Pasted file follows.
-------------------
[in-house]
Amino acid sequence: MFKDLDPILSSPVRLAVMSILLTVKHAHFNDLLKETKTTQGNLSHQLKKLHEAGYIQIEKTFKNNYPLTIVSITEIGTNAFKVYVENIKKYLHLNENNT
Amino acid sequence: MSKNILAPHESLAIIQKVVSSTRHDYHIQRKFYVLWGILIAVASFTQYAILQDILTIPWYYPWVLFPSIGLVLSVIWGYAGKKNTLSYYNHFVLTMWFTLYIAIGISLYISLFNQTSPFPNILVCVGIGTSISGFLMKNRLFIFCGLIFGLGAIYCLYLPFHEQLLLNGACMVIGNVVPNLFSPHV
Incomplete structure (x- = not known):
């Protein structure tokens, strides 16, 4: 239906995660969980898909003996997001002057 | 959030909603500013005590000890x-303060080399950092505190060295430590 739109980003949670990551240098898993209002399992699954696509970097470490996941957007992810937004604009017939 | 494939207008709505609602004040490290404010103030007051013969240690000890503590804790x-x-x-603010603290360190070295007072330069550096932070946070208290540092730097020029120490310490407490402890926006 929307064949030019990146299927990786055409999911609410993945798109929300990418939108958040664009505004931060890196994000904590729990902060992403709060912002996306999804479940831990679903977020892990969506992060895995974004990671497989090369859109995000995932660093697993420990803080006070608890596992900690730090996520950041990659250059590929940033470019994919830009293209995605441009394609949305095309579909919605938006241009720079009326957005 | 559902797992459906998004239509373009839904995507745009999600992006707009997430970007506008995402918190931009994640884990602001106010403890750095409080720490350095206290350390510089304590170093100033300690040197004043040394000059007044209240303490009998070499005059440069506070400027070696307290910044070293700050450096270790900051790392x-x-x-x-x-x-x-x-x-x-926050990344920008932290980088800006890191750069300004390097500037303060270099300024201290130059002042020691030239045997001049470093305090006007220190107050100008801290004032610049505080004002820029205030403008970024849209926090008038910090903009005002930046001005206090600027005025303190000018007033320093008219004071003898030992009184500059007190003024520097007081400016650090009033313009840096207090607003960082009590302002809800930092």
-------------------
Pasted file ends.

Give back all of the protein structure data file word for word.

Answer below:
[in-house]
Amino acid sequence: MFKDLDPILSSPVRLAVMSILLTVKHAHFNDLLKETKTTQGNLSHQLKKLHEAGYIQIEKTFKNNYPLTIVSITEIGTNAFKVYVENIKKYLHLNENNT
Amino acid sequence: MSKNILAPHESLAIIQKVVSSTRHDYHIQRKFYVLWGILIAVASFTQYAILQDILTIPWYYPWVLFPSIGLVLSVIWGYAGKKNTLSYYNHFVLTMWFTLYIAIGISLYISLFNQTSPFPNILVCVGIGTSISGFLMKNRLFIFCGLIFGLGAIYCLYLPFHEQLLLNGACMVIGNVVPNLFSPHV
Incomplete structure (x- = not known):
């Protein structure tokens, strides 16, 4: 239906995660969980898909003996997001002057 | 959030909603500013005590000890x-303060080399950092505190060295430590 739109980003949670990551240098898993209002399992699954696509970097470490996941957007992810937004604009017939 | 494939207008709505609602004040490290404010103030007051013969240690000890503590804790x-x-x-603010603290360190070295007072330069550096932070946070208290540092730097020029120490310490407490402890926006 929307064949030019990146299927990786055409999911609410993945798109929300990418939108958040664009505004931060890196994000904590729990902060992403709060912002996306999804479940831990679903977020892990969506992060895995974004990671497989090369859109995000995932660093697993420990803080006070608890596992900690730090996520950041990659250059590929940033470019994919830009293209995605441009394609949305095309579909919605938006241009720079009326957005 | 559902797992459906998004239509373009839904995507745009999600992006707009997430970007506008995402918190931009994640884990602001106010403890750095409080720490350095206290350390510089304590170093100033300690040197004043040394000059007044209240303490009998070499005059440069506070400027070696307290910044070293700050450096270790900051790392x-x-x-x-x-x-x-x-x-x-926050990344920008932290980088800006890191750069300004390097500037303060270099300024201290130059002042020691030239045997001049470093305090006007220190107050100008801290004032610049505080004002820029205030403008970024849209926090008038910090903009005002930046001005206090600027005025303190000018007033320093008219004071003898030992009184500059007190003024520097007081400016650090009033313009840096207090607003960082009590302002809800930092």